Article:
Tacos el Rancho: Part of Central Florida's Taco Takeover

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Taco Ranchos wide

The tacofication of Central Florida continues.

No food trend has held quite as strongly as tacos. Not that tacos are new. The taco as it's known from its roots predates the arrival to Mexico of Spaniards, who apparently were able to just walk in because there was no wall to keep them out. And some of those early tacos were just as creative in their fillings as some of our tonier craft tacomongers, with such things as whole, small fish in a tortilla wrapper.

There are few rules involving tacos. As long as you have a tortilla as your base, what you put inside is up to you. Corn tortillas are a bit more traditional, but you're more likely to find white flour tortillas in today's taquerias. I am thankful that few have taken to using the godawful hard-shell variety. Those have no place in the discussion.

Just look at the proliferation of taco vendors in the recent past. We've seen places like Black Rooster, Hunger Street, Tin & Tacos, bartaco, Four Rebels, Rocco's Tacos, not to mention a fleet of food trucks that specialize in tacos.

Recently, Kasa, a restaurant in downtown Orlando, rebranded itself as Chela Tequila & Tacos. Tin & Tacos announced that it will open a second location in SoDo, not far from where Gringo's Locos just opened a new restaurant. Garp & Fuss, which opened recently in the former Bistro on Park Avenue space in Winter Park, posted a taco special on its Facebook page recently.

That was probably a Tuesday, because for some reason we've embraced the concept of Taco Tuesday as a thing.

So why are foodstuffs stuffed into a foldable tortilla so popular? My guess is that restaurateurs love them because the food cost for the ingredients is low and they can realize a greater profit margin.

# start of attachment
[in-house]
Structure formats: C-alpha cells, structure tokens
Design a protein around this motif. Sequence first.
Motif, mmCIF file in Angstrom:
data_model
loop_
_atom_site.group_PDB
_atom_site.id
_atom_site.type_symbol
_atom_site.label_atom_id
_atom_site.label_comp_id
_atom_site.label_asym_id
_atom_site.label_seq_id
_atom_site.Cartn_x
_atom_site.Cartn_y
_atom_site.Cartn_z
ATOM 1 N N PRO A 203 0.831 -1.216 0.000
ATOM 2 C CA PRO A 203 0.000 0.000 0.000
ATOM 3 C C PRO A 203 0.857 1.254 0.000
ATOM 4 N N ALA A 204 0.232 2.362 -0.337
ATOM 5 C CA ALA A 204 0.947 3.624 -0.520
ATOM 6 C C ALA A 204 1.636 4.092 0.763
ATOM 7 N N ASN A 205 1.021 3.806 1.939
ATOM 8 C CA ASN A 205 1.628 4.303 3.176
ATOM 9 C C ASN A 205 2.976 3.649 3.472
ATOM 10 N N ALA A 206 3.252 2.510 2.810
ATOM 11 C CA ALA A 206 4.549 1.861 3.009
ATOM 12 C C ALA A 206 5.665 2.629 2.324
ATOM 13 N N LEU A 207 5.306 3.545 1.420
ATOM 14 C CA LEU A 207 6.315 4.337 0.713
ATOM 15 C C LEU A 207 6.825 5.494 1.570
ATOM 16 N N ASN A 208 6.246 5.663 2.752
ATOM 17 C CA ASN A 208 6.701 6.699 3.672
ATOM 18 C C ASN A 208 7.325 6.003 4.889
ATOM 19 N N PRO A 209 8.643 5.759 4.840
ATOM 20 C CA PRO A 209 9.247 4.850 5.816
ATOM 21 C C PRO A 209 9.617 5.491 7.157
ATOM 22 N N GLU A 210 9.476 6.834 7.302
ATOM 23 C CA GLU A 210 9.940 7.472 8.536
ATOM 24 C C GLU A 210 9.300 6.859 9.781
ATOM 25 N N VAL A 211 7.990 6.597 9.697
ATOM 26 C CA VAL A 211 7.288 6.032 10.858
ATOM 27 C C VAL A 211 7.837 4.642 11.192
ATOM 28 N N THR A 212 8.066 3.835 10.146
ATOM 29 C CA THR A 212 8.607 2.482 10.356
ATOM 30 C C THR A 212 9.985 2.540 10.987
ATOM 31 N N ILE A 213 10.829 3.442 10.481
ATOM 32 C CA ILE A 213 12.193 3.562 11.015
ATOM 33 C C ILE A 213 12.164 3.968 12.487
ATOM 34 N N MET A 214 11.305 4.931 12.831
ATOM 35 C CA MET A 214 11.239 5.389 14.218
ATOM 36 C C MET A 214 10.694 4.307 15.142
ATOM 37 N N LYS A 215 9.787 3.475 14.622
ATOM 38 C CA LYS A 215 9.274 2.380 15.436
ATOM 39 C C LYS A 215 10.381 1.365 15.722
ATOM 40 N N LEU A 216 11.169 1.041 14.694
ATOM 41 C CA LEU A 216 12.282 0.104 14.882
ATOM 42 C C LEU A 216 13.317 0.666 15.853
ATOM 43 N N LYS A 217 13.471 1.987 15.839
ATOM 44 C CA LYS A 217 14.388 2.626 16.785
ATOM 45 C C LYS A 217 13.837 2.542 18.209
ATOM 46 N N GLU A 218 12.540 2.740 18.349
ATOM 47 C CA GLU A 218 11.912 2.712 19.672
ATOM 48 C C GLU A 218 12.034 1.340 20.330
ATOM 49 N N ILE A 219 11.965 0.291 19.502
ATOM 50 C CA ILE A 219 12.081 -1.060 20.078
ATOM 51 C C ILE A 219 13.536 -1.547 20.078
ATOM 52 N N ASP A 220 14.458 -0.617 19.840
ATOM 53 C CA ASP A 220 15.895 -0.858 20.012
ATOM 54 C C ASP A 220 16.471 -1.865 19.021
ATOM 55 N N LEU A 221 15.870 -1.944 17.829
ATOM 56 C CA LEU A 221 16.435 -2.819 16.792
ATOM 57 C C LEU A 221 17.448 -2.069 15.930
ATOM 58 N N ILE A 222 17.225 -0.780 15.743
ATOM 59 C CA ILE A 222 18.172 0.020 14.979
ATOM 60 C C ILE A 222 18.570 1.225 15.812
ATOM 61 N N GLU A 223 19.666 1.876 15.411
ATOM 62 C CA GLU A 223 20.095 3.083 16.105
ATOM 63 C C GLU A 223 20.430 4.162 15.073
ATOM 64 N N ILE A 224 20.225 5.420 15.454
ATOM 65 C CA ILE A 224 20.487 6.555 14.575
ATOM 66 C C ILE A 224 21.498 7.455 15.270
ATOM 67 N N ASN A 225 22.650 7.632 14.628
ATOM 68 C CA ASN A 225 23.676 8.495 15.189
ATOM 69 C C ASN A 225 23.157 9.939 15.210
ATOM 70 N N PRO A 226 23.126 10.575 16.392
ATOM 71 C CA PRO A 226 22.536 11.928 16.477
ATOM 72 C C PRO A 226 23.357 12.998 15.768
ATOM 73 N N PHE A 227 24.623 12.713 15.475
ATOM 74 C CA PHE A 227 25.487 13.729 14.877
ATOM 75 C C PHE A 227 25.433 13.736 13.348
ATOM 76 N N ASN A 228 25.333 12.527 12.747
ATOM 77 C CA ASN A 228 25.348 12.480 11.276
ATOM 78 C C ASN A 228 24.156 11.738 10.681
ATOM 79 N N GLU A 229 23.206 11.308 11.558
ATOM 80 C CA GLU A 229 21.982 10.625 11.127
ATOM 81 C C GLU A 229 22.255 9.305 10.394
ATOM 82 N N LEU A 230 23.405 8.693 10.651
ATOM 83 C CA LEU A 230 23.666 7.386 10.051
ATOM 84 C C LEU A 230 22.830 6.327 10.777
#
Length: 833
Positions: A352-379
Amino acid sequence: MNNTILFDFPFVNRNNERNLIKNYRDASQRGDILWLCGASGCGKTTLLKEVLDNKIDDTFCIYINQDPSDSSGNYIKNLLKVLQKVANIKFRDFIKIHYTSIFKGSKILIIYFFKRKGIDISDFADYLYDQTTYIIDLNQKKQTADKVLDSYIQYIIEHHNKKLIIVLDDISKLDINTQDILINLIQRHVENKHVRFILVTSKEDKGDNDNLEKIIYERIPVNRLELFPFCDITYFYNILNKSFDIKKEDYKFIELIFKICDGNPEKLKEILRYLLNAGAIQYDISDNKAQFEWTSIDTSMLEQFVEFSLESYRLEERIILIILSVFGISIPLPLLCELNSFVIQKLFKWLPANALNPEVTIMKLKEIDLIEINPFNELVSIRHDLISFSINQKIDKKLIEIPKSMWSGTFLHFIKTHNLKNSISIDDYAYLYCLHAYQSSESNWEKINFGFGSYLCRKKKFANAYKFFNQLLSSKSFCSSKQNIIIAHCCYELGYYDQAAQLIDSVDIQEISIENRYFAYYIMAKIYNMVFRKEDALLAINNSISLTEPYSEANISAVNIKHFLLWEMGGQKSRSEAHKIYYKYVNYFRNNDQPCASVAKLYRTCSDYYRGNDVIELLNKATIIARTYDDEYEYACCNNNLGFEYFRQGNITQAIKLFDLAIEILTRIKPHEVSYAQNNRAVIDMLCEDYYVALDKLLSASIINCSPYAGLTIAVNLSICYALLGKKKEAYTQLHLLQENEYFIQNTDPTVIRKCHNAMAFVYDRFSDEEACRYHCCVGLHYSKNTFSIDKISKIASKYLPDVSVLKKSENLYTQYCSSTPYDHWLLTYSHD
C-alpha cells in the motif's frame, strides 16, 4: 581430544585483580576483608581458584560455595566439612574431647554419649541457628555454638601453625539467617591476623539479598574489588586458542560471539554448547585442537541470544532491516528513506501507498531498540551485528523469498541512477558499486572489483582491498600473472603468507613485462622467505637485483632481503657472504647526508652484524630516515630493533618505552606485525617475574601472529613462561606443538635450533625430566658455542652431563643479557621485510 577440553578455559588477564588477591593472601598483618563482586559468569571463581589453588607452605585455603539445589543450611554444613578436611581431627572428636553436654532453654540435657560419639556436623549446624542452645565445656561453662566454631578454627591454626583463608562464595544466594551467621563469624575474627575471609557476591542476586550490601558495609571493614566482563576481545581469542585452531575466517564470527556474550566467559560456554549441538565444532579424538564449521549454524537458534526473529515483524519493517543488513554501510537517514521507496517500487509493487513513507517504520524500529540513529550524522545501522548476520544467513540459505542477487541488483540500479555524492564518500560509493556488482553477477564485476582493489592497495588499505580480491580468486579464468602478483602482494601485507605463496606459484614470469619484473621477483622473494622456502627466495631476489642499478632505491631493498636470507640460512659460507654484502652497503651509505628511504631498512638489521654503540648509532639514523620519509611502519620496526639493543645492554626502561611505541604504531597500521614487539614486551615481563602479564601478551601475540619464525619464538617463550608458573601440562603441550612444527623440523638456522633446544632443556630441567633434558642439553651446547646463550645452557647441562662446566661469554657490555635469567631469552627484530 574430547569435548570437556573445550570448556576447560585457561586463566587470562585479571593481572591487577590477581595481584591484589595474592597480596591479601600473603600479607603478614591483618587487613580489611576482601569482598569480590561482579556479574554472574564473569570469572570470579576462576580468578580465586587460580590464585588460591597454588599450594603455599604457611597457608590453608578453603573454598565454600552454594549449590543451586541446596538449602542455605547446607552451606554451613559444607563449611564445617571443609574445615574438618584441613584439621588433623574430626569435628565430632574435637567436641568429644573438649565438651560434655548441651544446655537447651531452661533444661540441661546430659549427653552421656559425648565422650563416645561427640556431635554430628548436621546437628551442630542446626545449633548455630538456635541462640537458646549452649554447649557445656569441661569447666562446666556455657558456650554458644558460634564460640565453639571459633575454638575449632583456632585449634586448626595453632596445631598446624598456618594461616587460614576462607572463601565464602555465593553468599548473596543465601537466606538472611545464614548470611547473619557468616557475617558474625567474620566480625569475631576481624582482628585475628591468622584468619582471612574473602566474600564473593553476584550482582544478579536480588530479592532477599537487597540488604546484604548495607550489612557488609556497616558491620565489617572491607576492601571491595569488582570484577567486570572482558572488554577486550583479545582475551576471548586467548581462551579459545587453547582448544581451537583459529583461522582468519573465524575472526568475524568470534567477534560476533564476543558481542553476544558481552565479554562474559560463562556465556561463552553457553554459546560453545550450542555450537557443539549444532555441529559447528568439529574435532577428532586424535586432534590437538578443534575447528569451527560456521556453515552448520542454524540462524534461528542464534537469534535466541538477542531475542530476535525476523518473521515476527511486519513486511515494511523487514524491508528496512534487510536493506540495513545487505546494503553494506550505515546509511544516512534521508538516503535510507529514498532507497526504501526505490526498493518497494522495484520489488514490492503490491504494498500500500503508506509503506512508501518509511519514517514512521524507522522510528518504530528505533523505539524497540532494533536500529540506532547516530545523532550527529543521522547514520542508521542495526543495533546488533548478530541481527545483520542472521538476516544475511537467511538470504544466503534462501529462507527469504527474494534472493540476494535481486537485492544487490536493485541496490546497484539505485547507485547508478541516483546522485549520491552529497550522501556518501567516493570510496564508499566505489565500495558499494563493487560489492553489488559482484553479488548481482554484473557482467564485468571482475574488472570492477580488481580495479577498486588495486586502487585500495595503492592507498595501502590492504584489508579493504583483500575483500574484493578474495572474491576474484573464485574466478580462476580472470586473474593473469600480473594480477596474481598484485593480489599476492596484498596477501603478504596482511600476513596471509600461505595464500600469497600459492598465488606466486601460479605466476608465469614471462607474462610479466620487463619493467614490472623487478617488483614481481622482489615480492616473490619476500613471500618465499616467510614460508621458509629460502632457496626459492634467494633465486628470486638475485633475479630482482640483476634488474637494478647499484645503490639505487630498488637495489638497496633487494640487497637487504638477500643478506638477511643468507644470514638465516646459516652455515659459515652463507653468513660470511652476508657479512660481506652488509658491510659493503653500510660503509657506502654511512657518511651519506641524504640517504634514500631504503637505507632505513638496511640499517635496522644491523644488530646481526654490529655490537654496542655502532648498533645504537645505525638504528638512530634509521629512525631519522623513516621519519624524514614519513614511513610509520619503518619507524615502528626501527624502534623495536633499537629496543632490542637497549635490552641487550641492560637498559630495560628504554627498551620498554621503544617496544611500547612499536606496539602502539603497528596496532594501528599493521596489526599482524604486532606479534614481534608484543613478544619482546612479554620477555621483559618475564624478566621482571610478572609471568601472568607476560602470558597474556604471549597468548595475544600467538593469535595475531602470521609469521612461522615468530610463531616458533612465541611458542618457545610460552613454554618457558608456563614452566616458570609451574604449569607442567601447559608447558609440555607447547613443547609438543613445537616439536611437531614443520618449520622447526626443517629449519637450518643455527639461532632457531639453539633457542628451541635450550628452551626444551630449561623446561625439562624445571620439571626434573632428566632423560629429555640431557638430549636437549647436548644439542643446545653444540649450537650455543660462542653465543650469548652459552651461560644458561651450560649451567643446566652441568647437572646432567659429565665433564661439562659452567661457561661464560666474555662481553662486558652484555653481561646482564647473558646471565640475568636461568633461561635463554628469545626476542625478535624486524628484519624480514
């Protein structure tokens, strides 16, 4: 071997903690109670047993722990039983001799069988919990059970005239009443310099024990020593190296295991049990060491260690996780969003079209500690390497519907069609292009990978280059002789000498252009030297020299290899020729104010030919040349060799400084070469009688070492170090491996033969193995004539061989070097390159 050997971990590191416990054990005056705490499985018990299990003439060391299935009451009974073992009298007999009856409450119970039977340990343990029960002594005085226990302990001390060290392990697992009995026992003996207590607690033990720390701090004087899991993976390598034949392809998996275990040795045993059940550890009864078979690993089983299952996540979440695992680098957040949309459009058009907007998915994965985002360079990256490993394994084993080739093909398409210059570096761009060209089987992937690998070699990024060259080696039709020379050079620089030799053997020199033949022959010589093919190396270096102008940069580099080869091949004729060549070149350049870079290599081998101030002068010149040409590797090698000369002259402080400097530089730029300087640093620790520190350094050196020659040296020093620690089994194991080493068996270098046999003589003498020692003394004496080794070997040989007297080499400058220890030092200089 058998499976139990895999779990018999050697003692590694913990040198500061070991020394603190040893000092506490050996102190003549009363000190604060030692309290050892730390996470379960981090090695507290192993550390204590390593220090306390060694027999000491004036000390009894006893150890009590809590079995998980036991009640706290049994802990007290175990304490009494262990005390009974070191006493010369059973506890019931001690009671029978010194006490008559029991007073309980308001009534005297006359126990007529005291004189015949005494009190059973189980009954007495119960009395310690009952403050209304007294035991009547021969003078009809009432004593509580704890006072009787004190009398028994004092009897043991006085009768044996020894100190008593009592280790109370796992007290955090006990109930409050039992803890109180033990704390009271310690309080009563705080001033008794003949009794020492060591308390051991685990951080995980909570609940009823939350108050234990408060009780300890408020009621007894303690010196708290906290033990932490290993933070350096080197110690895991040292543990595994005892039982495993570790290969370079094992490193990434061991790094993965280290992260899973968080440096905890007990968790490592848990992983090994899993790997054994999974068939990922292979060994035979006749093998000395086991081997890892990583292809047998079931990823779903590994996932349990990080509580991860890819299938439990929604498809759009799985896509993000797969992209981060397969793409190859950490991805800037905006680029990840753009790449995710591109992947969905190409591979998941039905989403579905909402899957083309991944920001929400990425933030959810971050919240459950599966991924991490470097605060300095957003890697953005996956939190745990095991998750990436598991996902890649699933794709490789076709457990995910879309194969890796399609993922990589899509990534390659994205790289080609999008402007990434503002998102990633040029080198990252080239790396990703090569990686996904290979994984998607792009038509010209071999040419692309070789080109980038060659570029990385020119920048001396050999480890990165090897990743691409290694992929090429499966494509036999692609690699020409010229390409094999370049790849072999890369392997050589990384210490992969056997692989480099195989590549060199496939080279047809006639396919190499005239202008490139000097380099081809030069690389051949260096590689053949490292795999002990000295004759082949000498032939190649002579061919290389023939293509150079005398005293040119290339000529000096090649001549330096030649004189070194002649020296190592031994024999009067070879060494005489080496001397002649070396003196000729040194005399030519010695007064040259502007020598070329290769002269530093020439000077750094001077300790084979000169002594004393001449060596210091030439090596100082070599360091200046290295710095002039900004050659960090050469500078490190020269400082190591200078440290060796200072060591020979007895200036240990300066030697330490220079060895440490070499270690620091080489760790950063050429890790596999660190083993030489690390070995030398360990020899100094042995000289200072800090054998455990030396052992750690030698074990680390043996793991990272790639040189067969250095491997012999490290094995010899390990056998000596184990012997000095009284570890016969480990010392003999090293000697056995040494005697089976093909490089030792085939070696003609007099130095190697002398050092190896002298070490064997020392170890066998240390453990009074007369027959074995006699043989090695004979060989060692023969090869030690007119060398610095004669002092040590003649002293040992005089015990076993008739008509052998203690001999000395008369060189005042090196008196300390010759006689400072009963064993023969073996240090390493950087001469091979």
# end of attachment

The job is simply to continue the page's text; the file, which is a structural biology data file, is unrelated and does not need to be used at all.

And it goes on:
Also: We love tacos. They're convenient foods, satisfying when prepared with good quality ingredients, and refreshing with crisp lettuce and salsa fresca.

One exception to the flood of restaurateurs jumping on the taco bandwagon is Mucho, the taco and tequila bar that became Muddy Waters last year. At the time of the conversion, Mucho's owners said one of the reasons they wanted to rebrand was what they saw as taco over saturation, never a good thing regardless of your meaning.

I'm ok with all the tacos out there, but I must say I prefer to get mine from traditional taquerias. And I would include Tacos el Rancho in that category. It's a small operation with three locations, including one in downtown Orlando. It's small and has a bit of an unkempt look, but I like the food.

Taco Ranchos cu

The tacos, anyway, which are presented in double corn tortillas, which I like because you can pick up one and use the other to catch the ingredients that fall out. I especially liked the pork taco that I had at the downtown location recently. (We won't even discuss the option here of having your taco in a "crunchy" tortilla. (Shudder)

Taco Ranchos tamal

I also tried a tamale here but it wasn't very good, almost entirely cornmeal with little filling. But then, the place isn't called Tamale el Rancho.

Tacos el Rancho is at 331 N. Orange Ave., Orlando. It is open for lunch and dinner Monday through Saturday. The phone number is 407-849-0033.